Malaysia's Anwar faces charges over protest as election looms

Reuters , Monday 21 May 2012

Malaysian opposition figure Anwar Ibrahim faces new charges of violating the country's Peaceful Assembly Act in April protests ahead of expected announcement of elections

Malaysia's opposition leader Anwar Ibrahim (2nd L) and his wife Wan Azizah Wan Ismail (2nd R) arrive at a Bersih (clean) reform rally, near Dataran Merdeka or Independence Square in Kuala Lumpur April 28, (Photo: Reuters).

Malaysian opposition leader Anwar Ibrahim will be charged over his role in a street protest against the government last month, police and Anwar's aides said on Monday, adding to tension ahead of what are likely to be closely fought national elections.

Anwar, a former deputy prime minister who spent six years in jail on sodomy and corruption charges, received a summons to appear in court on Tuesday to be charged with contravening the country's Peaceful Assembly Act, his aides said.

Putting further legal pressure on the 64-year-old Anwar, who was acquitted of other sodomy charges in January, could prove risky for the government by increasing sympathy votes for the de-facto leader of the three-party opposition coalition.

Anwar, who says the previous charges against him were a result of political persecution, addressed the tens of thousands of protesters who thronged the centre of Kuala Lumpur late last month to demand changes to the country's electoral laws.

The protest turned violent when police fired teargas and water cannon at protesters who had broken through barricades, the latest sign of rising political tension ahead of elections the Prime Minister Najib Razak is expected to call soon.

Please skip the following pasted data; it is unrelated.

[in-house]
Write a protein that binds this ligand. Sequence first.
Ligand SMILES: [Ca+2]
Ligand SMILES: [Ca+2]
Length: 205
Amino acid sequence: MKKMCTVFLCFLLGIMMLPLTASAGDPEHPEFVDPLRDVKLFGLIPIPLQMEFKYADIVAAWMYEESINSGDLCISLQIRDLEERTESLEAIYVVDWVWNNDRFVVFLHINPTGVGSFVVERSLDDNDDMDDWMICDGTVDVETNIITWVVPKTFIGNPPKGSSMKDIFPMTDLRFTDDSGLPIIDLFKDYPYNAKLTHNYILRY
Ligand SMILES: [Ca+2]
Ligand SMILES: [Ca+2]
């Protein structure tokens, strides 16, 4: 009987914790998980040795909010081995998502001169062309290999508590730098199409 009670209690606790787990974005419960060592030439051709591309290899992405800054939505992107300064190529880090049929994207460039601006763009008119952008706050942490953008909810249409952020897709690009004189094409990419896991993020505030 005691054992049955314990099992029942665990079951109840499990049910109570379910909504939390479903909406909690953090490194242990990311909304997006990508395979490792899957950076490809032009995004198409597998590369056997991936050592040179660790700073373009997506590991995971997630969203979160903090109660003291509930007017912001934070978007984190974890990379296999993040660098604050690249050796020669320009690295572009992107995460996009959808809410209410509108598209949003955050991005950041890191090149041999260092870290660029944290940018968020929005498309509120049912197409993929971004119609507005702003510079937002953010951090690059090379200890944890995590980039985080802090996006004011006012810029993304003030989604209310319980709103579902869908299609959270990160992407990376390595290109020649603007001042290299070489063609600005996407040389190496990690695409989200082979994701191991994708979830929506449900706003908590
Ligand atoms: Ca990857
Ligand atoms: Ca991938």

A video later surfaced showing Anwar gesturing to senior opposition politician Azmin Ali shortly before the barricades were breached. Government allies said the video showed Anwar had encouraged the breach, something he and Azmin - who has also received a summons on the same charge - have denied.

Police arrested hundreds of protesters and were accused by human rights groups of an overzealous response, including beating unarmed demonstrators and assaulting journalists.

The violence risked tarnishing Najib's carefully groomed image as a reformer ahead of elections that could be the closest in Malaysia's history following a surge in support for the opposition in 2008.

The National Front coalition lost its two-thirds parliamentary majority for the first time in the last election, signalling growing dissatisfaction over cronyism and the slow pace of reform.

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